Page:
If you’ve been running for a long time or just starting out, you know that muscle soreness after a run is normal. But how normal is knee pain after running? Are you wondering how to determine if the pain is serious enough to see a doctor?        

One of the most common issues we see among runners is something called runner’s knee. If you’re suffering from runner’s knee you’ll most likely feel a dull pain around the front of the knee (patella), where the knee connects to the lower thighbone (femur). Runner’s knee may be a structural defect, or caused by a particular way of walking and/or running. Other causes of runner’s knee may include:

knee anatomy
  • Excessive training or overuse 
  • Poor foot support (improper shoe fit)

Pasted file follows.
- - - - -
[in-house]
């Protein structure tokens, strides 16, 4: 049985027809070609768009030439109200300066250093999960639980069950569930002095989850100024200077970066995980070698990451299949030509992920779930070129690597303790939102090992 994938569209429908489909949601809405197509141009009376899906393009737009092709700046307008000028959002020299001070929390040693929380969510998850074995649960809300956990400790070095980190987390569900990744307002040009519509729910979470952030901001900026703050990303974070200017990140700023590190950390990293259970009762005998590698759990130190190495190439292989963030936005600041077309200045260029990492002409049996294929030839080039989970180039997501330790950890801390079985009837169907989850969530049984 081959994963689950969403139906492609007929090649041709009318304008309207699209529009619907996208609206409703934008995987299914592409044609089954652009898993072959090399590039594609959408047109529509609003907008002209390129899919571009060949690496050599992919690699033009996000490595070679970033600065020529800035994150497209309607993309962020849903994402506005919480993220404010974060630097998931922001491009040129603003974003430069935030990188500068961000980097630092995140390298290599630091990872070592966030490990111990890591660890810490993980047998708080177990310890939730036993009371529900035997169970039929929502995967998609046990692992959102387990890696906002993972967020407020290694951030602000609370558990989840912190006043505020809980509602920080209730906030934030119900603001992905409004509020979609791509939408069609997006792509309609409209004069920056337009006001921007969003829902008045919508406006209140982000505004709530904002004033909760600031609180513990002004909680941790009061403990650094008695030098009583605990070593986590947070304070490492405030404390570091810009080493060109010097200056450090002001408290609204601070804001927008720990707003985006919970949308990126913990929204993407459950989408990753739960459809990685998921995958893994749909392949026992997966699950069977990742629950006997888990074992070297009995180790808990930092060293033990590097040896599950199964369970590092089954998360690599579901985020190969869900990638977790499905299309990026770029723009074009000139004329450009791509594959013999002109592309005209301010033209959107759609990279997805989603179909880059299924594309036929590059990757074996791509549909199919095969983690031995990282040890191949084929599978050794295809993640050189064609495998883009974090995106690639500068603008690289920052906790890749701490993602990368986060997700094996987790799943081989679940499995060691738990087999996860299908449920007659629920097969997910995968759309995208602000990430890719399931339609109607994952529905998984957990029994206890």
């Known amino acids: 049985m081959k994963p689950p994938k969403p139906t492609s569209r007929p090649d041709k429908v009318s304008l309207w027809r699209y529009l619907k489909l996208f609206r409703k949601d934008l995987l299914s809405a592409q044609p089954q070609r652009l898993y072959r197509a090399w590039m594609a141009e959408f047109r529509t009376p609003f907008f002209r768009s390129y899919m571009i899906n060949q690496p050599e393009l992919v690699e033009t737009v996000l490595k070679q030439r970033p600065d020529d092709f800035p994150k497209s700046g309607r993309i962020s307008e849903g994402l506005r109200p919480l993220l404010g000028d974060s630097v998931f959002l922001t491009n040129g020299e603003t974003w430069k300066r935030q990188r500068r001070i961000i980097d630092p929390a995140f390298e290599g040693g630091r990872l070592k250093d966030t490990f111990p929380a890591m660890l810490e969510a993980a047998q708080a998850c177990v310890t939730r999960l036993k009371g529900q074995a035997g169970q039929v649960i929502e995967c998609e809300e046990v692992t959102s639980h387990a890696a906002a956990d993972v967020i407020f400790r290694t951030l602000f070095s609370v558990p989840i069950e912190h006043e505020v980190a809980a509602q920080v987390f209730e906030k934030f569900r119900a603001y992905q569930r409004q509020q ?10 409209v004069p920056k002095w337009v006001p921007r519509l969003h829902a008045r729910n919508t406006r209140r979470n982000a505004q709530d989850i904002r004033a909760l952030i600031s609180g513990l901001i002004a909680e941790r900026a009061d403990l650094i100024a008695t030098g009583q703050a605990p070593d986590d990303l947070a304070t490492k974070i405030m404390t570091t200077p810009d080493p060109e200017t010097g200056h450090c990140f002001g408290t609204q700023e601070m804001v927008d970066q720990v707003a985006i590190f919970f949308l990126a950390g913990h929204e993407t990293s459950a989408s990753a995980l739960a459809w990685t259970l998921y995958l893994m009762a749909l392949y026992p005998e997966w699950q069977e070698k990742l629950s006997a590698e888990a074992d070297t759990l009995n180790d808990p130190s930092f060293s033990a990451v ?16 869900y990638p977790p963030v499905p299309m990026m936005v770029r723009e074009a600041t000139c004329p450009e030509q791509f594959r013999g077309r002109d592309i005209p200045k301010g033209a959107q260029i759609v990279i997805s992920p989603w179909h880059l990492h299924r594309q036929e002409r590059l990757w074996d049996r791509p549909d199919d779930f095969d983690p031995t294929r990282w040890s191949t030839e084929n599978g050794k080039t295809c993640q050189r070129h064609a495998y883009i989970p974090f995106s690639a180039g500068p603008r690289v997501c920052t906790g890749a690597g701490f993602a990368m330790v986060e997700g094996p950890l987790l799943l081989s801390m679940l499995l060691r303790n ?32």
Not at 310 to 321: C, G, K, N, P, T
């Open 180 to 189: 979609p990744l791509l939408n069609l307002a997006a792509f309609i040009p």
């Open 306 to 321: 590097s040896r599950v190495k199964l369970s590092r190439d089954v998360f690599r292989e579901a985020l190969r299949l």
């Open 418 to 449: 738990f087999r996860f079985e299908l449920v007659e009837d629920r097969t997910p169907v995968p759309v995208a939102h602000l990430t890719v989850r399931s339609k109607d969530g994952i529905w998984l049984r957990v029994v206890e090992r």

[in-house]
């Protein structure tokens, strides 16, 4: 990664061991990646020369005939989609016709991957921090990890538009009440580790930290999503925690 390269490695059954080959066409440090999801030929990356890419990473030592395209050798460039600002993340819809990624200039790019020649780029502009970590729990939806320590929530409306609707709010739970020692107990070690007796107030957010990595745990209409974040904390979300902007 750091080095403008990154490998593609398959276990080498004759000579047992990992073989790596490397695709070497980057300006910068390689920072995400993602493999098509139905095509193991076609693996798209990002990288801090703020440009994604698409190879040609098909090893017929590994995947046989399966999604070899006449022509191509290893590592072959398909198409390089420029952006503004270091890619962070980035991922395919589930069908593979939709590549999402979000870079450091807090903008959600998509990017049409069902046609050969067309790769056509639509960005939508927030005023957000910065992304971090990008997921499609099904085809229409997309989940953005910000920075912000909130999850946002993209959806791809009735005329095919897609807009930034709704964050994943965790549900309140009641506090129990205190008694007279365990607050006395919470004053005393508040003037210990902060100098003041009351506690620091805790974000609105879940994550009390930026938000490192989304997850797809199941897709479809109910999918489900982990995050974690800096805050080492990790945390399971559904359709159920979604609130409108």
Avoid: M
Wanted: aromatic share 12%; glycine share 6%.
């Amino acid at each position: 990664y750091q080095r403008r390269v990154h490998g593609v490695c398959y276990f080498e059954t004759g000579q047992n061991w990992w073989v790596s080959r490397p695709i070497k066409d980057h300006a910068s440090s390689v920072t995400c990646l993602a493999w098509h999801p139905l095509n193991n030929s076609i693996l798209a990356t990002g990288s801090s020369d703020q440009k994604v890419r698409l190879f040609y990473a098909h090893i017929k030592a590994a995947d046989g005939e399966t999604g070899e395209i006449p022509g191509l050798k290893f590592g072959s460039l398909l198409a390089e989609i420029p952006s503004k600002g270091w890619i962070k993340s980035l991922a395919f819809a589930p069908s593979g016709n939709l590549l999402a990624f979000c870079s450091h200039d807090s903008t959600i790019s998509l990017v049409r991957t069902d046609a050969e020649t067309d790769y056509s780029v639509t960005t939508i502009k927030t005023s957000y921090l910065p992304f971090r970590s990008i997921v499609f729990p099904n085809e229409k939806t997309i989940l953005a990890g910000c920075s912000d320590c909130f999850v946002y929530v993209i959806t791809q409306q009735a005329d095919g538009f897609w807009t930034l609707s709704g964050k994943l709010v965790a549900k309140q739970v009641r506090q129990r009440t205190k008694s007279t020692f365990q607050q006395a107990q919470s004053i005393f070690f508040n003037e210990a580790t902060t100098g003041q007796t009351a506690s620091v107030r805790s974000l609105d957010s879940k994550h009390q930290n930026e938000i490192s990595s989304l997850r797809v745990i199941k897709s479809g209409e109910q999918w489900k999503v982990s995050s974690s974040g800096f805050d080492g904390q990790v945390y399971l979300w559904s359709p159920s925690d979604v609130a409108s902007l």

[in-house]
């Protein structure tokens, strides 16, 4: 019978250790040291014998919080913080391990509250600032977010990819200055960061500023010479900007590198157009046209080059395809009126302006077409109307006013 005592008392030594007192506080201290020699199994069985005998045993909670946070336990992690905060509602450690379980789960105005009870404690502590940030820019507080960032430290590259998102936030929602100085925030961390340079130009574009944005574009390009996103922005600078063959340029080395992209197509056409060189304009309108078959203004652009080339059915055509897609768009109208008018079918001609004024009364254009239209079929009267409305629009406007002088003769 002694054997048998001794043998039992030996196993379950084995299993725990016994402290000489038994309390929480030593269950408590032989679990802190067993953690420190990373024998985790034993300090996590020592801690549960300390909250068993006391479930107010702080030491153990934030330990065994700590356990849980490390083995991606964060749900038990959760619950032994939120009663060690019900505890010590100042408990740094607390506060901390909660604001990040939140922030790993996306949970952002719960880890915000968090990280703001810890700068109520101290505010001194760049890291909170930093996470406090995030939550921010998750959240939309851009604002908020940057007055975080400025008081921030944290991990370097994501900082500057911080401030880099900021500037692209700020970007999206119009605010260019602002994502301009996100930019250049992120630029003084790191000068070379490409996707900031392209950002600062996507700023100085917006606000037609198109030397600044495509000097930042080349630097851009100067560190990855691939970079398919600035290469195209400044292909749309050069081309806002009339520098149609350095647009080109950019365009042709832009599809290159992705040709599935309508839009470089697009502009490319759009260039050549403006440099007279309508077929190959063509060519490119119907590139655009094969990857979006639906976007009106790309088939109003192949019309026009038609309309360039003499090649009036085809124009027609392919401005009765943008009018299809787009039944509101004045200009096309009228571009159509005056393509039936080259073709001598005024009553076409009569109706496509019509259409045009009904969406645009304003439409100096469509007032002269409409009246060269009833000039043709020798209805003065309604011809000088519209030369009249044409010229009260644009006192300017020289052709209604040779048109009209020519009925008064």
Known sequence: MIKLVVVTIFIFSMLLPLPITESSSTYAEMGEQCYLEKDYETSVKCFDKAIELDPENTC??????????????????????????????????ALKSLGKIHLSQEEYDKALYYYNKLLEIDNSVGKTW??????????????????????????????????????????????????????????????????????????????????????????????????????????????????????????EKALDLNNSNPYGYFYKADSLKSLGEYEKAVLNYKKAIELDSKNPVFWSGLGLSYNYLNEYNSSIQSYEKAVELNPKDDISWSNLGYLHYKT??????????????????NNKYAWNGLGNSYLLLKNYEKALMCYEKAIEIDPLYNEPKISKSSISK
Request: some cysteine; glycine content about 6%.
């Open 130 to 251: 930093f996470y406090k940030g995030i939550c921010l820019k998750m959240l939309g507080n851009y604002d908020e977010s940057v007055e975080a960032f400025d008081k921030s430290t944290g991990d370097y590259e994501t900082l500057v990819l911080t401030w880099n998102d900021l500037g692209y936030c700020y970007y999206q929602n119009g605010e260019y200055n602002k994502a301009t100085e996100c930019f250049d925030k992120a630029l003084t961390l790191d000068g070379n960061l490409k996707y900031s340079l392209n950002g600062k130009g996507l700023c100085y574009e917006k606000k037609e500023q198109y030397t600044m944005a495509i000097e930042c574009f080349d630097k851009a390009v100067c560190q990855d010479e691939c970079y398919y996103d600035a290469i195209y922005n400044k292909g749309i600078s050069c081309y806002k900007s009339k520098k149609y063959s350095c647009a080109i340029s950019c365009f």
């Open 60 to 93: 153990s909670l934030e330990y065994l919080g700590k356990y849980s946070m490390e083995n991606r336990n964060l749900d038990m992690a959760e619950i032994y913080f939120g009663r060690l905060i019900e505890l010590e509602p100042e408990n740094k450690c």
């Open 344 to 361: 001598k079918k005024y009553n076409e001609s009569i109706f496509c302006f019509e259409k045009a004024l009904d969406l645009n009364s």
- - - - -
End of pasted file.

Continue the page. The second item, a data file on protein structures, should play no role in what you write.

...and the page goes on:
• Tight Achilles tendons
  • Tight hamstrings & calf muscles

Dr. Thomas Dwyer says “ It’s very common for runners to have tight hamstrings, which is why stretching is an important part of exercise before and after a run. If you’re experiencing pain below the kneecap it’s likely due to repetitive stress on your knee. Over time, that stress could cause patellar tendonitis.”

Runner’s knee can typically be diagnosed with a physical exam. Treatment for runner’s knee may include:

  • Not running until pain goes away
  • Cold compresses and elevation
  • Ibuprofen to reduce inflammation and pain

Proper stretching and strengthening of the glutes and quads can help keep your knee functioning properly and prevent runner’s knee. Dr. Dwyer recommends investing in a good pair of running shoes and gradually increase your intensity and distance.

If you notice persistent pain and stiffness in your knee with everyday activities, you may want to consider scheduling an appointment with Dr. Thomas A. Dwyer, Board Certified orthopaedic surgeon specializing in arthroscopic shoulder and knee reconstruction/sports medicine. CALL or TEXT 856.690.1616 or Request an Appointment via our website form.

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